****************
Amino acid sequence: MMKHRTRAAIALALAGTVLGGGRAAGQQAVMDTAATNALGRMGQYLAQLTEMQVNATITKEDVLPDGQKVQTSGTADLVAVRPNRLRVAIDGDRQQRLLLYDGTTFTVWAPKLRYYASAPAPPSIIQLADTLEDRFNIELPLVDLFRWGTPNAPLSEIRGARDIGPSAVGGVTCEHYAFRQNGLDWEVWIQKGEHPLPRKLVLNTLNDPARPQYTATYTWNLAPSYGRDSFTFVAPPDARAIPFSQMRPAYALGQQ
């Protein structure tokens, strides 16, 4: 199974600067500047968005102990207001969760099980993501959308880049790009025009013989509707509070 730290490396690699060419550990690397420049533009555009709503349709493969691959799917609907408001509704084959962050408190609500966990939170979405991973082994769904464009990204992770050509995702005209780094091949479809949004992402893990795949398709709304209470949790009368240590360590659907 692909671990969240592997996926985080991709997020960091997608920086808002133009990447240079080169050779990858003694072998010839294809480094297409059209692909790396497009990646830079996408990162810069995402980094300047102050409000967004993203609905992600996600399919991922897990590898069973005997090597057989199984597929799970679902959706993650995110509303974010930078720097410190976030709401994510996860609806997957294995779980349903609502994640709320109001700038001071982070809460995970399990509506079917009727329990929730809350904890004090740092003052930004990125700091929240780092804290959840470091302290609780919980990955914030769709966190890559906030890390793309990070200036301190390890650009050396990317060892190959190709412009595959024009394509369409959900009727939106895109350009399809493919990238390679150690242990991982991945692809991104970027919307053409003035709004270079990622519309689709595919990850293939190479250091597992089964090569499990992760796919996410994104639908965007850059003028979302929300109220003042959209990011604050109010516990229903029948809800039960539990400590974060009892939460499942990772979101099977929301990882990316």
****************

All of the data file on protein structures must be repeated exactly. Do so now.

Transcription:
Amino acid sequence: MMKHRTRAAIALALAGTVLGGGRAAGQQAVMDTAATNALGRMGQYLAQLTEMQVNATITKEDVLPDGQKVQTSGTADLVAVRPNRLRVAIDGDRQQRLLLYDGTTFTVWAPKLRYYASAPAPPSIIQLADTLEDRFNIELPLVDLFRWGTPNAPLSEIRGARDIGPSAVGGVTCEHYAFRQNGLDWEVWIQKGEHPLPRKLVLNTLNDPARPQYTATYTWNLAPSYGRDSFTFVAPPDARAIPFSQMRPAYALGQQ
């Protein structure tokens, strides 16, 4: 199974600067500047968005102990207001969760099980993501959308880049790009025009013989509707509070 730290490396690699060419550990690397420049533009555009709503349709493969691959799917609907408001509704084959962050408190609500966990939170979405991973082994769904464009990204992770050509995702005209780094091949479809949004992402893990795949398709709304209470949790009368240590360590659907 692909671990969240592997996926985080991709997020960091997608920086808002133009990447240079080169050779990858003694072998010839294809480094297409059209692909790396497009990646830079996408990162810069995402980094300047102050409000967004993203609905992600996600399919991922897990590898069973005997090597057989199984597929799970679902959706993650995110509303974010930078720097410190976030709401994510996860609806997957294995779980349903609502994640709320109001700038001071982070809460995970399990509506079917009727329990929730809350904890004090740092003052930004990125700091929240780092804290959840470091302290609780919980990955914030769709966190890559906030890390793309990070200036301190390890650009050396990317060892190959190709412009595959024009394509369409959900009727939106895109350009399809493919990238390679150690242990991982991945692809991104970027919307053409003035709004270079990622519309689709595919990850293939190479250091597992089964090569499990992760796919996410994104639908965007850059003028979302929300109220003042959209990011604050109010516990229903029948809800039960539990400590974060009892939460499942990772979101099977929301990882990316």